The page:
Sunday 24th September 2017,

Young Academic Career Guides: Interview Tips

Here at Young Academic, it is our quest to provide you with student news, advice, tools and support. Read this invaluable information from Meet The Real Me, who give you some great tips on what to do and of course not to do at your job interview.

With today’s high unemployment levels, brushing up on your interview skills can be the fine line between endless job-seeking and job success. In today’s competitive market, why are so many candidates still failing to grasp the basics? Marc Fels, director at video recruitment specialist Meet The Real Me, shares his experience of interview horrors during his years of prepping candidates.

Meet The Real Me’s Top 10 Interview Faux Pas

1.   A complete lack of knowledge about the company and/or job

2.   Lying on your CV

3.   Arriving late

4.   Calling the interviewer ‘mate’

5.   Asking the interviewer out for a drink (yes – this has happened!)

6.   Wearing too many piercings (only the visible ones of course!), or a general untidy appearance

7.   Excessive body odour, or smelling of cigarettes and/or last night’s alcohol

8.   Giving vague, non-descript answers

9.   Showing a lack of enthusiasm for the role

10. Arrogance – some candidates appear to think they are far above the positions they’re applying for

Amid national job cuts and reports that 69 candidates are chasing every graduate job, today’s employers are increasingly ruthless. If a candidate fails to impress at interview, they won’t be called for a second meeting, no matter how perfect they might seem on paper. No matter the qualifications, high job competition at all levels means the value of communication skills, passion and personality should never be underestimated.

Marc Fels comments: “Over the last 10 years of working closely with leading employers I have heard some shocking stories. As a video recruitment specialist, it’s very rewarding now to be able to show candidates exactly where they’re going wrong and work to improve interview technique, preparing for success.

“It may seem a cliché, but when it comes to securing that all-important second interview, failing to prepare really is preparing to fail. A CV can tick all the right boxes, but if the candidate doesn’t make the right impression, the first meeting will spell the end of their success.”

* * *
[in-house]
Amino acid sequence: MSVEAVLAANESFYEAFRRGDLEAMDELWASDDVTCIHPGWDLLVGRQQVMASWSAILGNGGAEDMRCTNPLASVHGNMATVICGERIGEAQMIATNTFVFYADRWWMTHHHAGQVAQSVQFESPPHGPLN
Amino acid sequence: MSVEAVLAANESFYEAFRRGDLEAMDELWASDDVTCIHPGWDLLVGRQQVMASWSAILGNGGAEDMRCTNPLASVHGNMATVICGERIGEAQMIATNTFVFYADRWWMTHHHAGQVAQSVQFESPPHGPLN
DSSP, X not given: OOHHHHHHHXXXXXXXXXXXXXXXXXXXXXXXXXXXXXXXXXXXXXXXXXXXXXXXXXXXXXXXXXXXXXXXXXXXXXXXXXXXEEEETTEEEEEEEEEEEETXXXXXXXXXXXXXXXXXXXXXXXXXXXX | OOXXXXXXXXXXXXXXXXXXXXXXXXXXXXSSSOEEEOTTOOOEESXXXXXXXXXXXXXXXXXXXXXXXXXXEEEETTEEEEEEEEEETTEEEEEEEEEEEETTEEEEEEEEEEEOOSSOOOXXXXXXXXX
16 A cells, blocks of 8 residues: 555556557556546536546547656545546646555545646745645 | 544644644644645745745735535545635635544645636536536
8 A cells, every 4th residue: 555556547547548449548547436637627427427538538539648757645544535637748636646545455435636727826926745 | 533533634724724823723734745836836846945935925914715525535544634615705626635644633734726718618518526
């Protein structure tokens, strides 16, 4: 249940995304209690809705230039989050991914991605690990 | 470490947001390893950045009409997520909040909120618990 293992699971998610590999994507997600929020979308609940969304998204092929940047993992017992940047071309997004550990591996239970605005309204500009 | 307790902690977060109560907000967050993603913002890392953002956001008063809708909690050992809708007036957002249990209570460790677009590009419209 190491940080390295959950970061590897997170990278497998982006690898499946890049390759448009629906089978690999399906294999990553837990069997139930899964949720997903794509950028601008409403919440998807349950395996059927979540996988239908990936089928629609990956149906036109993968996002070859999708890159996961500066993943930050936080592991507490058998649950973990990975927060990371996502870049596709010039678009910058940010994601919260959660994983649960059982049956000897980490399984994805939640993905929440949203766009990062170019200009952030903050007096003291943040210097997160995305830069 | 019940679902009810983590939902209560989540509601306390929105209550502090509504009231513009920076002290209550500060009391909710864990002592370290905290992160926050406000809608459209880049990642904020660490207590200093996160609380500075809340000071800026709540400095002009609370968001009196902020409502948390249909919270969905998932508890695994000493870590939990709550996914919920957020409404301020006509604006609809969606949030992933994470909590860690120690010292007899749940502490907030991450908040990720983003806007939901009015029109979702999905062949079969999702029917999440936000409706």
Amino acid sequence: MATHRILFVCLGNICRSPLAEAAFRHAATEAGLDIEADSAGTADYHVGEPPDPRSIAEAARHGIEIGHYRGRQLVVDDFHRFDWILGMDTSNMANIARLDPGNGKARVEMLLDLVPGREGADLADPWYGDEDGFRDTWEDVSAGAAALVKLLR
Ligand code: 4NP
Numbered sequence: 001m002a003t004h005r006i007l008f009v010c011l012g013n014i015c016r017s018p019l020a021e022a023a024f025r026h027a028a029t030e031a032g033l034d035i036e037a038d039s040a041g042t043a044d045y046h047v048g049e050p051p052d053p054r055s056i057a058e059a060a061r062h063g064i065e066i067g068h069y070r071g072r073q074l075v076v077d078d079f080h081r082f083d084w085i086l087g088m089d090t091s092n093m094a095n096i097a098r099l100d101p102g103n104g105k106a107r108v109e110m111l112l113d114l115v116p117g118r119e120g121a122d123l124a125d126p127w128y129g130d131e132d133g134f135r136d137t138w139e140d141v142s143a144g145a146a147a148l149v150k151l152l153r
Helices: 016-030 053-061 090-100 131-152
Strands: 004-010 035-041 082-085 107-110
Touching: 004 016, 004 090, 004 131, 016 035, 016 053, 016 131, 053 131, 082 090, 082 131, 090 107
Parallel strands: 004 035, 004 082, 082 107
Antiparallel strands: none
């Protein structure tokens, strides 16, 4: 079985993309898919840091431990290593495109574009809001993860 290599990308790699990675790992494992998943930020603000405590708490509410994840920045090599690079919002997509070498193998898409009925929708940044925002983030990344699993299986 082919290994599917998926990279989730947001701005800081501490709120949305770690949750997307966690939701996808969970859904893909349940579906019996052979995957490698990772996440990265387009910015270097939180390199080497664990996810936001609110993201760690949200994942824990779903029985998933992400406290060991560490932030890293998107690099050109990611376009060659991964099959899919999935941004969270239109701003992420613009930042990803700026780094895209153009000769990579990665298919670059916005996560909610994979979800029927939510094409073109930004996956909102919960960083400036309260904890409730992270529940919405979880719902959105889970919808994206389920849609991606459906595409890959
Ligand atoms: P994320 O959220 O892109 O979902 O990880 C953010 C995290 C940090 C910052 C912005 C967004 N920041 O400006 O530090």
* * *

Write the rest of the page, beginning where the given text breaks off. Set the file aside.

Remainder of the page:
Video CVs are the perfect way to show employers the personality and communication skills that impress at an interview. Companies working with this technology report that having a way to assess communication skills alongside qualifications impacts hugely on the whole recruitment process.

Lesley Kemp, personnel and development representative from Admedia, says that video CVs have “evolved Admedia’s recruitment process”. She explains: “As well as matching a certain skills base, we have identified five key attributes that our people must have. With energy and straightforwardness being two of those qualities, without the Meet The Real Me approach it would be near-on impossible to measure our candidates.”

Top tips to avoid the shockers and shine your way to interview success:

1.   Arrive at the interview at least 10 minutes early. This gives you the chance to read over your notes and relax, while showing the employer you’re punctual and reliable.

2.   When the interviewer enters the room, stand up, shake their hand and smile!

3.   Eye contact shows an employer that you’re interested, focused and confident. You don’t need to stare the interviewer in the eye for the whole interview, but don’t look at the ceiling or the floor for the whole time either!

4.   Body language is a form of non-verbal communication, so it’s important you don’t give off the wrong message. Sit up straight, retain eye contact, place hands on lap, and don’t fidget or fiddle with a pen or your CV.

5.   Make sure you show that you’re really interested in the role, even if on first impression you’re not. You might think differently tomorrow!

6.   Some employers have a dress code (jacket and tie or a suit with smart polished shoes, for example). Many do not set a style, but still want to show their clients that they care and are professional, so prefer ‘smart casual’. This often causes the biggest dilemma, as it is not clear what it means. Put simply, smart shirt with trousers (or skirt) and shoes – not trainers!

7.   If you’re not sure, dress smartly. If you’re in a T-shirt, jeans and trainers and everyone else is in a suit, you’re going to stick out like a sore thumb. If you’re in a smart suit and everyone else isn’t, the interviewer is not going to mind. Actually, they’ll respect you for the effort you made – which is good!

8.   Remember to smile!

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About The Author

Charles Whitworth is the Editor of the Young Academic publications. Graduating from the University of Liverpool with a Bachelor of Arts degree in Journalism in 2008, Charles learnt his trade in newsrooms such as IPC Media and Sky. He has now developed as a top sports, music and current affairs journalist and has been printed in a range of publications including The Guardian. His interests include Cricket, Football, Rugby, Music and Current Affairs. Fresh from the editorship of Student Times he now takes the reins at Young Academic - the premier student news portal. Connect with me on Google+

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